As already mentioned before, developing a musical identity is an ongoing process to me, which is naturally driven by influences from the outside. To me creativity is an interaction between your own ideas and external information. An indirect dialogue between past and present through the differing perspective of the artists themselves. So to me the incorporation of the genius of others was the first step towards finding my own voice in music.
This process was gradual and organic and kind of beyond my own control. At some point I just felt that the time had come to organise my creative output and find my way to present it to the outside world. But the quest for innovation and renewal to me never ends. My eyes and ears are always open observing what my fellow musicians are doing while questioning my own creative process.
How do you feel your sense of identity influences your creativity?
That's a deep one. To me the term identity raises many questions and is often reduced to a nationality or cultural background in combination with a main occupation that dominates our daily lifes. Also a social sourrounding might define to a certain extend an identity.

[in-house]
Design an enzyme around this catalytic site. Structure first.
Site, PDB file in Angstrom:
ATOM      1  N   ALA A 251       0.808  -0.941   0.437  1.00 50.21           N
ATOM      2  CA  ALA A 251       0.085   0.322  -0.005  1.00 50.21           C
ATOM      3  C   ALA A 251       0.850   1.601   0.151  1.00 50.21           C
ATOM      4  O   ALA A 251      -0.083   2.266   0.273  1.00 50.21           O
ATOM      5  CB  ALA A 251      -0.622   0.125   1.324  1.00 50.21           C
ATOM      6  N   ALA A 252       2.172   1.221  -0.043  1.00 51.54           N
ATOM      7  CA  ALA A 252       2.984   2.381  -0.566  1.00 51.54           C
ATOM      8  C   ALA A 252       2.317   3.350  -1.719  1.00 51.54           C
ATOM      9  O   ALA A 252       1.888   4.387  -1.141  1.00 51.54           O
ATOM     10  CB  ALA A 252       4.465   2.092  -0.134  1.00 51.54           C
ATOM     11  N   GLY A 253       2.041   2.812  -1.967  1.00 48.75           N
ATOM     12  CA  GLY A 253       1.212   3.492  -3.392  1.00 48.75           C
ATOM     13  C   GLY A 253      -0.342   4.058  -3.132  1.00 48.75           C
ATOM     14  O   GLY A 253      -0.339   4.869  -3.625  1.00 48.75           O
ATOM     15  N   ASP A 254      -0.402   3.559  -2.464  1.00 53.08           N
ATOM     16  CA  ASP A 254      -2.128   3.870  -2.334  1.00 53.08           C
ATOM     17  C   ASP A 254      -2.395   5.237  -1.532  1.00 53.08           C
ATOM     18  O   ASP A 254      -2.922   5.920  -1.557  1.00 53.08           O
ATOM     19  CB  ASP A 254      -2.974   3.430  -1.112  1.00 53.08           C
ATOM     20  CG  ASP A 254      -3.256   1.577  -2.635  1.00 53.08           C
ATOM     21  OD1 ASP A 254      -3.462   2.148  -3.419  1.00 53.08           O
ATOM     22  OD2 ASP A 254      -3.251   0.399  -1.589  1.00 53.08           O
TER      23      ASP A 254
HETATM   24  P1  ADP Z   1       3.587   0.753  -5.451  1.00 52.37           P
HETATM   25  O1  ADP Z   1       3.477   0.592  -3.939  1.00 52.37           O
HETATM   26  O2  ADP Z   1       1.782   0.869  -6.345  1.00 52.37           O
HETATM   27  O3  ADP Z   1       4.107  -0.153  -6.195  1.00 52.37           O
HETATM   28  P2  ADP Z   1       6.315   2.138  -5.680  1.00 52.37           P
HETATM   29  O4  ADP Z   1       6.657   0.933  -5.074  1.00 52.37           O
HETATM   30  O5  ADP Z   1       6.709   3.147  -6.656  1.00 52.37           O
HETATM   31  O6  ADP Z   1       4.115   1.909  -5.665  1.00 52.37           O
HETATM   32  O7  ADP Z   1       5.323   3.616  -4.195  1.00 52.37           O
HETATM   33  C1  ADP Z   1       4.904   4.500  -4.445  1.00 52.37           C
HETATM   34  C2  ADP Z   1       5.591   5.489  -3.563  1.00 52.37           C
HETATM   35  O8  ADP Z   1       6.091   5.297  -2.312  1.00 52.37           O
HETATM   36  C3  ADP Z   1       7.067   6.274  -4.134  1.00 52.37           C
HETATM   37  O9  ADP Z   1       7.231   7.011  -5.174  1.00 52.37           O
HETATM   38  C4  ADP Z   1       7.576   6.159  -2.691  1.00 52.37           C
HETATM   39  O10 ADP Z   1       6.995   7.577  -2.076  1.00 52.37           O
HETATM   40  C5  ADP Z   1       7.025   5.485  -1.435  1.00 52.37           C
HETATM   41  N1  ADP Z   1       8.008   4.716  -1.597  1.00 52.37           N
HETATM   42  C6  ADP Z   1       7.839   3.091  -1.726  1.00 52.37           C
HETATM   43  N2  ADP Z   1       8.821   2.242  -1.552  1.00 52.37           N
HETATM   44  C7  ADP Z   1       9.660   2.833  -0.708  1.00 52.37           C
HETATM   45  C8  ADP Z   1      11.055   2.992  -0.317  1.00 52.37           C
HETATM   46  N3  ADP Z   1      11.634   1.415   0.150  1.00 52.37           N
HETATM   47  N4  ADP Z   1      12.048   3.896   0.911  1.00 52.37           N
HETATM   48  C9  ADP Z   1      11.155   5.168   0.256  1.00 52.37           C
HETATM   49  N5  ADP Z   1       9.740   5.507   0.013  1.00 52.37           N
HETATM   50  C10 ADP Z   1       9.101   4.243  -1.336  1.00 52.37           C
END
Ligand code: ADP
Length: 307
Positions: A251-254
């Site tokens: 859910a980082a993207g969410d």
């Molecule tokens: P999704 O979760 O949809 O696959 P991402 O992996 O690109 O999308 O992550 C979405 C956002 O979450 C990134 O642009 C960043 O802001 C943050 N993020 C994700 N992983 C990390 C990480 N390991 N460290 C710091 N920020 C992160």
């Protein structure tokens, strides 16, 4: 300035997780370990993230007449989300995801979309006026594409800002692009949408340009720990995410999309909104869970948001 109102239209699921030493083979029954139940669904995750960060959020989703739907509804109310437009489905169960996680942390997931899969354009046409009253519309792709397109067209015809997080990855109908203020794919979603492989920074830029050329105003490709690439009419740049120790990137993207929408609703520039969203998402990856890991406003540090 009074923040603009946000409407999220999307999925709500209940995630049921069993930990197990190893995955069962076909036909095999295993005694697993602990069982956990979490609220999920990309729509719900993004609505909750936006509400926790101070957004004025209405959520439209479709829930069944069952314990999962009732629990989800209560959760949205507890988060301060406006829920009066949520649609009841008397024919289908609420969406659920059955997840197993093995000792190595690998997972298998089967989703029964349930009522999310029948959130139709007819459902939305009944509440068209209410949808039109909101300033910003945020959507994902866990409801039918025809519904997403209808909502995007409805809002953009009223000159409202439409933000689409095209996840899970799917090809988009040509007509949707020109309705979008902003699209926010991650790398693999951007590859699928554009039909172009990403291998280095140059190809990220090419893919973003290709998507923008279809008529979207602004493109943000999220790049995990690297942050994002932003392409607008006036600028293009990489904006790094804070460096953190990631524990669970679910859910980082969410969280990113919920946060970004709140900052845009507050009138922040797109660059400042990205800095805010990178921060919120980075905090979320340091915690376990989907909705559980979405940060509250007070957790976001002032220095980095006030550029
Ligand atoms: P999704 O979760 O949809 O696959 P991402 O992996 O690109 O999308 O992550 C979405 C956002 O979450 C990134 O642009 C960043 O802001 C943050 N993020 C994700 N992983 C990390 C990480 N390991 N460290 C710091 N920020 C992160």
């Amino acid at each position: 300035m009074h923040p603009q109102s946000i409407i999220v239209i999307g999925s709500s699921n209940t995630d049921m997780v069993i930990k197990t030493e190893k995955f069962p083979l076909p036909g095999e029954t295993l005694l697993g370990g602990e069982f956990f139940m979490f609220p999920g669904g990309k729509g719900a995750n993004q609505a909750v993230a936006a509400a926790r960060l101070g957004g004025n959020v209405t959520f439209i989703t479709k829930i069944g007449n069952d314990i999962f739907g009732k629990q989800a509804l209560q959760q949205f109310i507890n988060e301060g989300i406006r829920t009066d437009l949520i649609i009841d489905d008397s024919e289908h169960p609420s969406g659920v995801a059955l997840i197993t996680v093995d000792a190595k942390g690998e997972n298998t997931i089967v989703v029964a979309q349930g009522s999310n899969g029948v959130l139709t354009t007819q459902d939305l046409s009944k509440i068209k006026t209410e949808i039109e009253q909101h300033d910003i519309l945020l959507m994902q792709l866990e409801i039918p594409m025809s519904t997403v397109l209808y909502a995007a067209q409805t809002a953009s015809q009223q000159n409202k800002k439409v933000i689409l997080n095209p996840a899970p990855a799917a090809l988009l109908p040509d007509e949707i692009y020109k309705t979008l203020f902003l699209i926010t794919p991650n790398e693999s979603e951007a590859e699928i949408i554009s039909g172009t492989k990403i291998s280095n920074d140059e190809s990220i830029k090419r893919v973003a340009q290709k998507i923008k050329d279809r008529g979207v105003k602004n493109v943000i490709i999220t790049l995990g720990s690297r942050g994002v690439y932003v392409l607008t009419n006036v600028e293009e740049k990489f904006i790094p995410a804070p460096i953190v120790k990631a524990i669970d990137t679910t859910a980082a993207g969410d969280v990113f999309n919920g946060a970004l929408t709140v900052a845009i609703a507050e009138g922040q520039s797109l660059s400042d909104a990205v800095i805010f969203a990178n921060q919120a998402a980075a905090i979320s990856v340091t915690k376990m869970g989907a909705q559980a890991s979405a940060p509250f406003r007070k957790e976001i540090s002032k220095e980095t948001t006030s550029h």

Personally I have been through many phases of questioning my identity, which is a result of living in a number of countries over quite a long period. It was kind of necessary for me to “reboot” my system and allow other habits and ways of thinking and being, which became part of myself over time. This allowed me to take a kind of outside perpective on my own origins.
The process raised a lot of question and wasn't always easy but more than that allowed my to absorbed the richness of other cultures, which then for my musical identity and creative process became a vital element. ((Coming from there it would be rather the other way around that my creativity inluences my identity.))
What were your main creative challenges in the beginning and how have they changed over time?
Apart from what I have already mentioned above and the gradual process of musical growth over time there where also technical aspects involved. How should I structure the song? Which forms makes sense in which context? And how to create different parts that form a whole that makes sense? These were issues I had to solve over time and are still to be solved each time I write a track.
There is a kind of formula me and Eric created that helps us in our creative process. Still, a song might get written in a day or over several weeks or it may even never get finished. The challenge is that the inspiration which I discovered is not a magical moment that just happens out of a sudden. A kind of active work flow and discipline is important to stimulate your creativity, which also doesn't mean that there is a way for me to “force” my creative output.